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Lockheed Martin Posts Satellite Data Online to Lure Space Entrepreneurs

Posted: 10 Feb 2018 09:36 AM PST

Under pressure from the Pentagon to bring fresh ideas to the table, military satellite manufacturers are trying to build closer connections with startups and entrepreneurs that are fueling the space economy.

Lockheed Martin, the nation's largest military contractor, rolled out a new initiative this week to attract "aspiring space technologists." It has decided to publicly release the technical specifications of its satellite platforms in a bid to attract "companies aspiring to send innovative technologies to space," the company announced on Thursday.

"This is intended to help people connect to our buses," Lockheed Martin spokesman Mark Lewis told SpaceNews. "If developers know the specs in advance, that speeds up their development and integration time."

Lockheed only is interested in non-proprietary ideas and products. "We're pretty open to all types of technologies, ranging from helping first responders address crises faster, studying the environment, creating ultra-high-capacity communications links and adapting low-cost commercial technology to the punishing environments of space. We're open to any concept, and we'll look for the best matches for our customers."

The company has produced more than 800 satellites. Under the "open space" project, Lockheed will publish technical details of the payload accommodation for its LM 2100 satellite platform, LM 400 small satellite and two variants of its new LM 50 nanosat series.


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Waymo and Uber Abruptly Settle for $245 Million

Posted: 10 Feb 2018 07:15 AM PST

I hope you haven't invested in too much popcorn for the Waymo and Uber Saga. They settled with a $244 Million dollar payout to Waymo. Would have been interesting to see the whole thing play out. Though, I guess it's not terribly surprising, considering how many times I've gotten Jury summons just to be told that I won't be needed. Horror of horrors, I actually had to drive to the courthouse once, before the parties settled.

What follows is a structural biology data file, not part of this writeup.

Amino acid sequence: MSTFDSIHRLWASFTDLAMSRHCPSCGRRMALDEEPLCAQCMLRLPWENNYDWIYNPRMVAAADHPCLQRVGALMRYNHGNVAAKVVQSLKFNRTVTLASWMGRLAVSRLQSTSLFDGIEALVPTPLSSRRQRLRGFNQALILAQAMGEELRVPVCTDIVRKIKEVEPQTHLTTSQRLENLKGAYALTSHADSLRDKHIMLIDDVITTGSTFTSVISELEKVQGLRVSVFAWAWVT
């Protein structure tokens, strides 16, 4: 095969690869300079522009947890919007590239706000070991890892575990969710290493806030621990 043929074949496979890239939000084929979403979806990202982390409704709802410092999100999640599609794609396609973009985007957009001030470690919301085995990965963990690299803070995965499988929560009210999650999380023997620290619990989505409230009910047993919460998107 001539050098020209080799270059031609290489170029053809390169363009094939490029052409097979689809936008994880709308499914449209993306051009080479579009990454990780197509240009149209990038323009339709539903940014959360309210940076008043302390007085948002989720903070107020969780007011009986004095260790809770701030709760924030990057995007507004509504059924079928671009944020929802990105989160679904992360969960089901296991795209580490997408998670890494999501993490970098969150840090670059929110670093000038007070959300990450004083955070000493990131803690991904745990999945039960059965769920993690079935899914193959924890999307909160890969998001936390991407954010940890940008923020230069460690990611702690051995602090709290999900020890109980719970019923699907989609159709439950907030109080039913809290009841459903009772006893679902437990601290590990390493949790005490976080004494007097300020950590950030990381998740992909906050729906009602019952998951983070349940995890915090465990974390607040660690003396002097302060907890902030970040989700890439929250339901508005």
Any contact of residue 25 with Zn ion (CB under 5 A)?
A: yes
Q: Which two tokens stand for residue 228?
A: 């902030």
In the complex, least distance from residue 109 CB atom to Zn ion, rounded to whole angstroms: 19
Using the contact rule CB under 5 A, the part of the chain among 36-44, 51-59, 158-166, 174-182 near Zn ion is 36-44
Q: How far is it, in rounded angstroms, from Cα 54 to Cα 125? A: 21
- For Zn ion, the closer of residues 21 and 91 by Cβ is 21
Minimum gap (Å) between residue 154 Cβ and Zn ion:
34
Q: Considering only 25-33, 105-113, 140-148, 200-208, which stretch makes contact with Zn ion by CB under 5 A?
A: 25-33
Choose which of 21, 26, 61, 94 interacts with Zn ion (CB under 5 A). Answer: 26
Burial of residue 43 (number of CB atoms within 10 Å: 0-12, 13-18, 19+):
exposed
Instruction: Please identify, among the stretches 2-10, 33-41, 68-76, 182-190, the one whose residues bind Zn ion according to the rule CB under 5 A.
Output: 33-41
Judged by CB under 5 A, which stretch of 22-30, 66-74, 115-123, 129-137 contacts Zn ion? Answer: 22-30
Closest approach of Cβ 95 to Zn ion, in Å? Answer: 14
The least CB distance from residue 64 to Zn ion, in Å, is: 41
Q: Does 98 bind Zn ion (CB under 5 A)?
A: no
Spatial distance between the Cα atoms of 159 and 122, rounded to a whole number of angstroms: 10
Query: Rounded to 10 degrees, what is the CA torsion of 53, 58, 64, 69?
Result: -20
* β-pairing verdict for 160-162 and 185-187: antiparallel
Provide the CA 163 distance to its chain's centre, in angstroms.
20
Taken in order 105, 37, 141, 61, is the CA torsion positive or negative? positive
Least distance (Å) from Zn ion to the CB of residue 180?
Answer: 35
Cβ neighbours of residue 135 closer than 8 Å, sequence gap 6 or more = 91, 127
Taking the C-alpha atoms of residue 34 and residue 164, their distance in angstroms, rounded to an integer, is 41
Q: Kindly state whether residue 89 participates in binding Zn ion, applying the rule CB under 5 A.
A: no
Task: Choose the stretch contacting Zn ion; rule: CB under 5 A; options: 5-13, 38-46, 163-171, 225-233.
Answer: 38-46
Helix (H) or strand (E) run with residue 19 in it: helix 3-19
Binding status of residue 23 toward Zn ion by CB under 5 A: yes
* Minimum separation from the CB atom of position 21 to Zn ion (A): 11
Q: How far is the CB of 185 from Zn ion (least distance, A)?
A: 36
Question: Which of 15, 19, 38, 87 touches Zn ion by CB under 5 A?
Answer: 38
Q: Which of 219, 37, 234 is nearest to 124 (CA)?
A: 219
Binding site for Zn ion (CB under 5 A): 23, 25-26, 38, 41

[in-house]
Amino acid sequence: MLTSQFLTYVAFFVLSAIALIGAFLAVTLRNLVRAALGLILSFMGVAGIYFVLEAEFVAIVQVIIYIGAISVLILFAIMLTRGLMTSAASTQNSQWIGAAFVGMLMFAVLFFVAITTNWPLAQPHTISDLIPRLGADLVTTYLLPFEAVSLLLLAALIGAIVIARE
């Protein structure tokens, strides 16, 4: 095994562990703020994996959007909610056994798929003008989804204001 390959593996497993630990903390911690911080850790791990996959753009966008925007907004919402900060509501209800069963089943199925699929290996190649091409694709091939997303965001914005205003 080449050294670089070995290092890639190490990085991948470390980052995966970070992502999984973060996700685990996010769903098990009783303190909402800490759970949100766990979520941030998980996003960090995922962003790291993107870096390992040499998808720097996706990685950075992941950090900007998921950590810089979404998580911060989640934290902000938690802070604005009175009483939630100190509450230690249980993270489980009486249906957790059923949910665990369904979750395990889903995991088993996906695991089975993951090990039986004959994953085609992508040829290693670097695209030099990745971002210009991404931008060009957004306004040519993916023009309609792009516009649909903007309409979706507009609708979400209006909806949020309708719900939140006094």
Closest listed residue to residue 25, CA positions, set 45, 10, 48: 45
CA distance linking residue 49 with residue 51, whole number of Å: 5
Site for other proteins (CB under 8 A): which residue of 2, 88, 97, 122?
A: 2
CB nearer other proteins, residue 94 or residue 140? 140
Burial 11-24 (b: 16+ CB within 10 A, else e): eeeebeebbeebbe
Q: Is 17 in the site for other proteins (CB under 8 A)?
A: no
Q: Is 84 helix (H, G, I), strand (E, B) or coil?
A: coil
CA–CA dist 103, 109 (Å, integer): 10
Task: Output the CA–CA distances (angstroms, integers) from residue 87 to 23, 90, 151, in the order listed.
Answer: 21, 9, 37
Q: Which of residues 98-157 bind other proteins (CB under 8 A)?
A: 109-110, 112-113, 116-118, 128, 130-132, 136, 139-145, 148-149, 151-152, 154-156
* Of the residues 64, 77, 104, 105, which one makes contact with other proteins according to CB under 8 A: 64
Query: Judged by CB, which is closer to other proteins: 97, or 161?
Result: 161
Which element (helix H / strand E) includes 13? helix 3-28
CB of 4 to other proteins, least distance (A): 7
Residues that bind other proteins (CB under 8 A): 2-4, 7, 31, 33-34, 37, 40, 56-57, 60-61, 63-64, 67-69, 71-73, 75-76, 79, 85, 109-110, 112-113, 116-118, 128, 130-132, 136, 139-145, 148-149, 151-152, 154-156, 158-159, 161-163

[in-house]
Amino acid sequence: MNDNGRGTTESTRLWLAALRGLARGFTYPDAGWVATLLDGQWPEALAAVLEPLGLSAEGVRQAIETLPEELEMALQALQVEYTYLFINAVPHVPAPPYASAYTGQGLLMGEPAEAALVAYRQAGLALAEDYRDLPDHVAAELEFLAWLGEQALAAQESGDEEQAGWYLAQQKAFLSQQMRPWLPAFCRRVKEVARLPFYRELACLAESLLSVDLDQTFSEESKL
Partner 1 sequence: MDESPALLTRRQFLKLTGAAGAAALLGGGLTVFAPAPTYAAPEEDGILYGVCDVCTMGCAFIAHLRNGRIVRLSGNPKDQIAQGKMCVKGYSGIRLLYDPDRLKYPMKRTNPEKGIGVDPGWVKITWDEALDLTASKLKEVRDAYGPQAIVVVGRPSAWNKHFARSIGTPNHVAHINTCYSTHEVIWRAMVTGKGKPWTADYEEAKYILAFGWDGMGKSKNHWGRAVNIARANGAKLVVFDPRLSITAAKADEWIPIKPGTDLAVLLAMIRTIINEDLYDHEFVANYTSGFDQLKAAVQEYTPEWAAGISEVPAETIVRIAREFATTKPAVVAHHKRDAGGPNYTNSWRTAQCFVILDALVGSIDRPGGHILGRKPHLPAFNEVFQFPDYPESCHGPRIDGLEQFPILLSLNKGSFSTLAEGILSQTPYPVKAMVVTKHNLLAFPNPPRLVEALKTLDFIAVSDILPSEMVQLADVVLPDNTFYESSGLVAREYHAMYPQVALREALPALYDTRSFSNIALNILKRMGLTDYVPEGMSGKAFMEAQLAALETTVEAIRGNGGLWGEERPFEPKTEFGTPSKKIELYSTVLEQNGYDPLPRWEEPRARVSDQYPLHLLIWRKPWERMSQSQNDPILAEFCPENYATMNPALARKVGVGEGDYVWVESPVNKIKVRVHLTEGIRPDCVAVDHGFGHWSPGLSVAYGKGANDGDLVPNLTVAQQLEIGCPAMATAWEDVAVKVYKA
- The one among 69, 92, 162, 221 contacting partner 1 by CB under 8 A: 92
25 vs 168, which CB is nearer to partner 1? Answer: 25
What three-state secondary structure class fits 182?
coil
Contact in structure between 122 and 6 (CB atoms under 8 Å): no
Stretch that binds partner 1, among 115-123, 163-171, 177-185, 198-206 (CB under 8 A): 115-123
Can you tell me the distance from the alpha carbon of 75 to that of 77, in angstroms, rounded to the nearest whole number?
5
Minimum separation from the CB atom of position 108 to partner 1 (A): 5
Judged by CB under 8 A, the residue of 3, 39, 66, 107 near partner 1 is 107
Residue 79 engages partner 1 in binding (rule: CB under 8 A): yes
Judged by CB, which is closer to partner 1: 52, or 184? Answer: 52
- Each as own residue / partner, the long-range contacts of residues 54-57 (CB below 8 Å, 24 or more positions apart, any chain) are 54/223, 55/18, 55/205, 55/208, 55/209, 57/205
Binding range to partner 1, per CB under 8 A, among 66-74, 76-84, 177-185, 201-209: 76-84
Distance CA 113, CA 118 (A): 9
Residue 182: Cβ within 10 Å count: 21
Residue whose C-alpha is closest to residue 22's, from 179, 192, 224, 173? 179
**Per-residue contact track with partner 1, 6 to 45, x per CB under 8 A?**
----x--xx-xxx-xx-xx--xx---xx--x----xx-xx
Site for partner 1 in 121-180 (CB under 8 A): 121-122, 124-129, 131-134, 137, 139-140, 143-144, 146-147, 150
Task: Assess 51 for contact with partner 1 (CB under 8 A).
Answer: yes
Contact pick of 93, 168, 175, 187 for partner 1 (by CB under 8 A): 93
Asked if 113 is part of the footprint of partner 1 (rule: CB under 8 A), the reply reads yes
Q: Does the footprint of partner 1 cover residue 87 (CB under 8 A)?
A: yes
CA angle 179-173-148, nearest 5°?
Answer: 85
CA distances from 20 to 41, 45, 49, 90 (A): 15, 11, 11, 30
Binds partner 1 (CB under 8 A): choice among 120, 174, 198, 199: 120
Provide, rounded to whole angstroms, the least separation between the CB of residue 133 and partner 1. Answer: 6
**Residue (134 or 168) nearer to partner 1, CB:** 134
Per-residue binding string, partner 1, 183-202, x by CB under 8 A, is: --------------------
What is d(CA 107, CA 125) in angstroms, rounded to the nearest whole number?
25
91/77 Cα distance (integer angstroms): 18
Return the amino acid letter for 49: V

Details at Wired, Reuters, TheVerge and The New York Times.

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Conditional Prison Sentence for Information About Popcorn Time

Posted: 10 Feb 2018 04:54 AM PST

Over at TorrentFreak there is an article about aggressive prosecution for even talking about the streaming service Popcorn Time.

A man from Denmark has been handed a six-month conditional prison sentence for spreading information about Popcorn Time. In what is being described as a first for Europe, the man was convicted after telling people how to download, install and use the movie streaming service. He was also ordered to forfeit $83,300 in ad revenue and complete 120 hours community service.

[...] Importantly, PopcornTime.dk hosted no software, preferring to link to other sites where the application could be downloaded instead. That didn't prevent an aggressive prosecution though and now, two-and-half years later, the verdict's in and it's bound to raise more than a few eyebrows.

Neither this specific case nor questions about the service in general have played out yet. Control over playback and distribution and the grey area in between have been hotly contested for decades, and will continue to be for the forseeable future. The first big, international case being the one against Jon Lech Johansen in Norway. Recently, with the integration of digital restrictions into the very standards making up the web, things will become more difficult in the area of distribution and playback.

Source : Man Handed Conditional Prison Sentence for Spreading Popcorn Time Information

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Vintage Computing Festival: PNW is About to Kick-Off!

Posted: 10 Feb 2018 02:33 AM PST